> On Mar 24, 2016, at 11:09, Alan Kennedy <a...@xhaus.com> wrote:
> I don't see this relevant message in your references.
> https://mail.python.org/pipermail/web-sig/2004-September/000749.html
> Perhaps that, and following messages, might shed more light?

Yes, thank you, I did miss that thread. It does help shed some light on the 

The two main arguments made seem to be that:

1) Creating subclasses of builtin objects is difficult and subject to breakage 
if you try to get too fancy.

That's a fair point, and in the context of when it was written (Python 3.0 was 
still under discussion) it makes a lot of sense.

2) Middleware or the app can do dict(environ) and lose your subclass.

Also true. But I think it's only particularly relevant if the WSGI 
implementation itself relies on the subclass to provide essential functionality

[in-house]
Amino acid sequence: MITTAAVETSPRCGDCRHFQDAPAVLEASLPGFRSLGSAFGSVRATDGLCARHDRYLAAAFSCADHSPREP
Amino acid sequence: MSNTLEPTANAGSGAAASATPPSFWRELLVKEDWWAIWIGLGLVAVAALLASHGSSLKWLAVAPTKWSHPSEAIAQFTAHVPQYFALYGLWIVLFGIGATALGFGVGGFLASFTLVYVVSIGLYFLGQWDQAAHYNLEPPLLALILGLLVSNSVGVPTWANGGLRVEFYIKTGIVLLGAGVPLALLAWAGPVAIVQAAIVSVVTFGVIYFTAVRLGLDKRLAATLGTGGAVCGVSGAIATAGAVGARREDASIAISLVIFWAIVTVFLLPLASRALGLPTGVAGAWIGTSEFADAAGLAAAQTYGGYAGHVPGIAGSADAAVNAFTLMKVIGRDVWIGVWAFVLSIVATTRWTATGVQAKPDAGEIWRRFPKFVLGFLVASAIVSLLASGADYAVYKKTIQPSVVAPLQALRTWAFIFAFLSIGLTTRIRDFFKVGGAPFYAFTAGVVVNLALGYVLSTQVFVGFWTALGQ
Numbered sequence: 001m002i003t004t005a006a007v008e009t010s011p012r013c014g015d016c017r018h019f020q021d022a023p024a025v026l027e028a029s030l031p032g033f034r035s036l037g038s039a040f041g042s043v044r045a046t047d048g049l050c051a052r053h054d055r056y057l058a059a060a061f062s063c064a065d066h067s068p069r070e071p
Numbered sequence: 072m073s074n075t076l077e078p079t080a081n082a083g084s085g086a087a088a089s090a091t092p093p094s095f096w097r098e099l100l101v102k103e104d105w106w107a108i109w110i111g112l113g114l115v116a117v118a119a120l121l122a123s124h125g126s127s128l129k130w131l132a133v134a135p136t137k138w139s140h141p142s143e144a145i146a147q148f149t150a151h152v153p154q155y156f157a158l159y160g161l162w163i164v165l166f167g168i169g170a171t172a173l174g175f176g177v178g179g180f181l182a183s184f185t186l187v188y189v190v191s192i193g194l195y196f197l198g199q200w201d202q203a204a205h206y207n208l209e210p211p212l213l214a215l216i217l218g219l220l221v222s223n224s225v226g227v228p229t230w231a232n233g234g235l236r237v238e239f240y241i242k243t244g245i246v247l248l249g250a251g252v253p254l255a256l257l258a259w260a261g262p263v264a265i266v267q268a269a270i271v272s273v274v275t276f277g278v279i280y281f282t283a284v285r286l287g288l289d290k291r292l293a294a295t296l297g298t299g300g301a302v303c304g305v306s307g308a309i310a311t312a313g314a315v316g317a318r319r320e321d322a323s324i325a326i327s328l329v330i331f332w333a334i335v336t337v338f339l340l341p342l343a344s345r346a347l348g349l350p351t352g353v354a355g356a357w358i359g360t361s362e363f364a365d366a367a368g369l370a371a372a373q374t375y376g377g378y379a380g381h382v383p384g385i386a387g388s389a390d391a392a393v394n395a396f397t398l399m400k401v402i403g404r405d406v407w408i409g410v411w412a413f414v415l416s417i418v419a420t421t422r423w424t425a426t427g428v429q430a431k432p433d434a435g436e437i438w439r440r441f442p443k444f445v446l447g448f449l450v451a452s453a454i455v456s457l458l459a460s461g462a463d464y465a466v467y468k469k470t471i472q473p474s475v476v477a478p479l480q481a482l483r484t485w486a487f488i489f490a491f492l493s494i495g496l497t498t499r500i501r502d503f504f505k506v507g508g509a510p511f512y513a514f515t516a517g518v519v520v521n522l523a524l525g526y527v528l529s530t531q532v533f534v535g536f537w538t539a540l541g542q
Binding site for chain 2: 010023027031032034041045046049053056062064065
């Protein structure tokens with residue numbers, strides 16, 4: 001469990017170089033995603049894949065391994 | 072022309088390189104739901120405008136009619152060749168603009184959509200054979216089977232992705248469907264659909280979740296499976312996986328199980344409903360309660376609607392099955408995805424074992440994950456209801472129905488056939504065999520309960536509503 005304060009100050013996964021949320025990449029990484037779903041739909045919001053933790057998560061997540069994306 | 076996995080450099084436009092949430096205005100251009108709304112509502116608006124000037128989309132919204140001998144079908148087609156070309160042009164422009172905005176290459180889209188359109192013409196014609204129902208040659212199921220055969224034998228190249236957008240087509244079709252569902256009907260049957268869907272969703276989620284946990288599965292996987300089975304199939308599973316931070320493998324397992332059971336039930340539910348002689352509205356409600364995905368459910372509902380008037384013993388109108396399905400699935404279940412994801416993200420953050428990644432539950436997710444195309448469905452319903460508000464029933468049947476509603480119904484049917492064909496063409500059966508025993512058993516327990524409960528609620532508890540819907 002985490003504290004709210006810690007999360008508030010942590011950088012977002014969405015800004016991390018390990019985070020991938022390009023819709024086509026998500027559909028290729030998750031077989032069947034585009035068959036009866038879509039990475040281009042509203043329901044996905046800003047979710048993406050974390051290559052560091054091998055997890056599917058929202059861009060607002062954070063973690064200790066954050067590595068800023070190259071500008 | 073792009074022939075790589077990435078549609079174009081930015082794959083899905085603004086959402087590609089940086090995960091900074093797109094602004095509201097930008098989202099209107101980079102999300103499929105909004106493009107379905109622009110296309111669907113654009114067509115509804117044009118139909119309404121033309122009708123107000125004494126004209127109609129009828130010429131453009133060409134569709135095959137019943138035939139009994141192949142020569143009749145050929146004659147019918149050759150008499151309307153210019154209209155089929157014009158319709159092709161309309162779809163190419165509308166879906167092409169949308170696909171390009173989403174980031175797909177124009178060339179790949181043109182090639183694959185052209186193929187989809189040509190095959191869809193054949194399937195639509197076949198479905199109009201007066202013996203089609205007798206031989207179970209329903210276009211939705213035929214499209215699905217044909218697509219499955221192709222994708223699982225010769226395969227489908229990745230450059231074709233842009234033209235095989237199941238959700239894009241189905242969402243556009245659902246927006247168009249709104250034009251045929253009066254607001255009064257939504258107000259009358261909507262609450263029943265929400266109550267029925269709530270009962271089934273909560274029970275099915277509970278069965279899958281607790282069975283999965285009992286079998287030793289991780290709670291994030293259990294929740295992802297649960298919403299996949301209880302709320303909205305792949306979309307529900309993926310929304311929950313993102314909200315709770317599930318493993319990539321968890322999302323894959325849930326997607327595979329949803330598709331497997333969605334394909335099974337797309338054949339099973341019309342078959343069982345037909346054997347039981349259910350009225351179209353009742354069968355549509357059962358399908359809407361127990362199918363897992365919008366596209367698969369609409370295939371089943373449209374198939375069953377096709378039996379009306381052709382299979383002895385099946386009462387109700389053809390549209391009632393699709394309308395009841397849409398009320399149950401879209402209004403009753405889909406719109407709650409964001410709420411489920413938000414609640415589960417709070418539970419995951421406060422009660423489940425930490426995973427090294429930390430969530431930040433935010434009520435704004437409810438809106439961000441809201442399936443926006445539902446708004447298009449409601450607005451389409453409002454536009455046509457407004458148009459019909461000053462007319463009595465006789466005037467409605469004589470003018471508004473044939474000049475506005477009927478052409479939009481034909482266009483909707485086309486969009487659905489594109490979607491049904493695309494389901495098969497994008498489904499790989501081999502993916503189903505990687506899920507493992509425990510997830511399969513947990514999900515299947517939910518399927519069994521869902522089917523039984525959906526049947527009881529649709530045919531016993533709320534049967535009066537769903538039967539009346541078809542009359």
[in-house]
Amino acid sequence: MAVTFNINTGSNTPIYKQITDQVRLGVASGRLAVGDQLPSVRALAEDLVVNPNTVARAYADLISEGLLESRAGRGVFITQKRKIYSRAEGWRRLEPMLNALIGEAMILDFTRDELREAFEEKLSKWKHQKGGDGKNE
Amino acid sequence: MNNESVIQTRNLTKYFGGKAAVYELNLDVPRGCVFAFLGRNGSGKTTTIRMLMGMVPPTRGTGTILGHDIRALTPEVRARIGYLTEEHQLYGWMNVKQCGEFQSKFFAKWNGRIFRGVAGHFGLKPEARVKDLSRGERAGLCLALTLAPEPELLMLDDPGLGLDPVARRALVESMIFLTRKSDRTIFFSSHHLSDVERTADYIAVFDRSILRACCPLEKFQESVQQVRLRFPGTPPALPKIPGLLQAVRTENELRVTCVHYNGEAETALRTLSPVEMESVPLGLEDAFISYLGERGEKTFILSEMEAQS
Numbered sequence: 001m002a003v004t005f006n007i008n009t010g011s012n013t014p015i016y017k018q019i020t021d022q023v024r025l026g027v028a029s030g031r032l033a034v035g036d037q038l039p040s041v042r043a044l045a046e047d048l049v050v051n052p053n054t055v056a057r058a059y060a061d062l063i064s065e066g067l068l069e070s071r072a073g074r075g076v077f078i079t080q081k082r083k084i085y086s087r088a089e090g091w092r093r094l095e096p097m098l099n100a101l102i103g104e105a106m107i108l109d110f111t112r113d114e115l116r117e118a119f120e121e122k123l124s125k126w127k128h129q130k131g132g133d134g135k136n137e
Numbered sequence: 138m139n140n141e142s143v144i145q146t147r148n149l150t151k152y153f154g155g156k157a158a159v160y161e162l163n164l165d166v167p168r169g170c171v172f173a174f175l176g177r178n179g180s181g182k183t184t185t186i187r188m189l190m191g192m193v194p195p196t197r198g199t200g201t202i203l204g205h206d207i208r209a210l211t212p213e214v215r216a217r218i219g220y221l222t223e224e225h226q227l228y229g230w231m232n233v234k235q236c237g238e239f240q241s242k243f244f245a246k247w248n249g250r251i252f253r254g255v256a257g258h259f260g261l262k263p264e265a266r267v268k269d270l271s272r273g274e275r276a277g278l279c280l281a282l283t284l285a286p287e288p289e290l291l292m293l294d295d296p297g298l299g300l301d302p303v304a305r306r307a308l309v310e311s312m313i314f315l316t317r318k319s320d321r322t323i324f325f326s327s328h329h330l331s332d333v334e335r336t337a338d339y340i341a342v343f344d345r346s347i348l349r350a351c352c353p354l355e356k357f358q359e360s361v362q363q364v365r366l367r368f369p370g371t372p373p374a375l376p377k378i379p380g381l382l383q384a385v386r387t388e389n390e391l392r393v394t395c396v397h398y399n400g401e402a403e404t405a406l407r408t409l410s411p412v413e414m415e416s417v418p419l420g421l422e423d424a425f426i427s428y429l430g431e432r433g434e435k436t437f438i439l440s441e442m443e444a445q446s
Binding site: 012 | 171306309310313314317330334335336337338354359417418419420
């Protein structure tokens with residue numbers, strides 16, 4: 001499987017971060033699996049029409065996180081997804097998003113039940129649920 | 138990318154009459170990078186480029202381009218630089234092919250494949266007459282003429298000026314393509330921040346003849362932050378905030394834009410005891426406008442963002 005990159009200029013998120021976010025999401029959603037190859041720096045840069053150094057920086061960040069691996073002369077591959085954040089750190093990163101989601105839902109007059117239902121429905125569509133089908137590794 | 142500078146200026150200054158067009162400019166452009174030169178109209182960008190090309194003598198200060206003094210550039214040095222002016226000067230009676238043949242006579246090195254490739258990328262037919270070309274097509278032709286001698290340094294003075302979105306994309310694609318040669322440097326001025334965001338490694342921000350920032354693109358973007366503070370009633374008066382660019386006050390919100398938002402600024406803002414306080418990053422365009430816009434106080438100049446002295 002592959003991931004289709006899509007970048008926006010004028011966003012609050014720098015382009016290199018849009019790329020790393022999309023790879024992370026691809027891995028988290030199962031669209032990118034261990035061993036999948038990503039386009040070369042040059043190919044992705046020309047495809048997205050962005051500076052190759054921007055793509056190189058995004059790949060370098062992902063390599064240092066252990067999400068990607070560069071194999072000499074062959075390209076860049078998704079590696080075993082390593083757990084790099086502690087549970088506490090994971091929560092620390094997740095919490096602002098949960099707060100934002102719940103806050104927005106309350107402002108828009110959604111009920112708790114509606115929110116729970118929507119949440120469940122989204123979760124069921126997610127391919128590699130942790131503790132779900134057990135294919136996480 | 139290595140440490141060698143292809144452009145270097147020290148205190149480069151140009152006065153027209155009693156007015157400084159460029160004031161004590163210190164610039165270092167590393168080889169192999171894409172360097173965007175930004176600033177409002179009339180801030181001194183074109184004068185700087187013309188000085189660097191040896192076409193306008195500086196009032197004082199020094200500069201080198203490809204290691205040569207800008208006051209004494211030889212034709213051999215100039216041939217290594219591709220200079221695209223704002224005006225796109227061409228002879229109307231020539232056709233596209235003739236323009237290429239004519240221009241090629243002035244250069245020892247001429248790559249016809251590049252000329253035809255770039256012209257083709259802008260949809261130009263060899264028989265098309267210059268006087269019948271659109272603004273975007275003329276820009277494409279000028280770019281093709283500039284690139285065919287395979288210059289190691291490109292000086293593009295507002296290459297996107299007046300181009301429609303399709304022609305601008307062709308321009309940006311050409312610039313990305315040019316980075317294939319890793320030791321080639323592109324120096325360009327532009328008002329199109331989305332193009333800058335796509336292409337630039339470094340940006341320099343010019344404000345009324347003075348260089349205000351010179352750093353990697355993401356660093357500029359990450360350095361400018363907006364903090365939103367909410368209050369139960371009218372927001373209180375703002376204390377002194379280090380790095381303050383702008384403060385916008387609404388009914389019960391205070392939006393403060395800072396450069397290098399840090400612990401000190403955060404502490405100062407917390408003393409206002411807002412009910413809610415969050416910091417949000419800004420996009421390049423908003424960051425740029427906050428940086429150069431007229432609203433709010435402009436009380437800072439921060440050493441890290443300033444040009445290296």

that the PEP specifies (e.g., decoding bytes-to-str on key access).

It was also mentioned that practicality beats purity and no practical use for a 
subclass was known.

Well, here's a practical use :) And the two points above do not apply to this 
practical use, I think. (1) doesn't apply because `__repr__` is not going to 
change and isn't fancy. (2) doesn't apply because gevent keeps a reference to 
the environ its creates and passes to the app, so if middleware passes a new 
dict(environ) on to the app, gevent's own error handling is still secure; 
consider passing a SecureEnviron to the app a best-effort at 
secure-by-default---if the user configures their application such that this 
feature is disabled for part of the stack, that's on the application. No 
feature of gevent will break, and it's better than not having the option at all 

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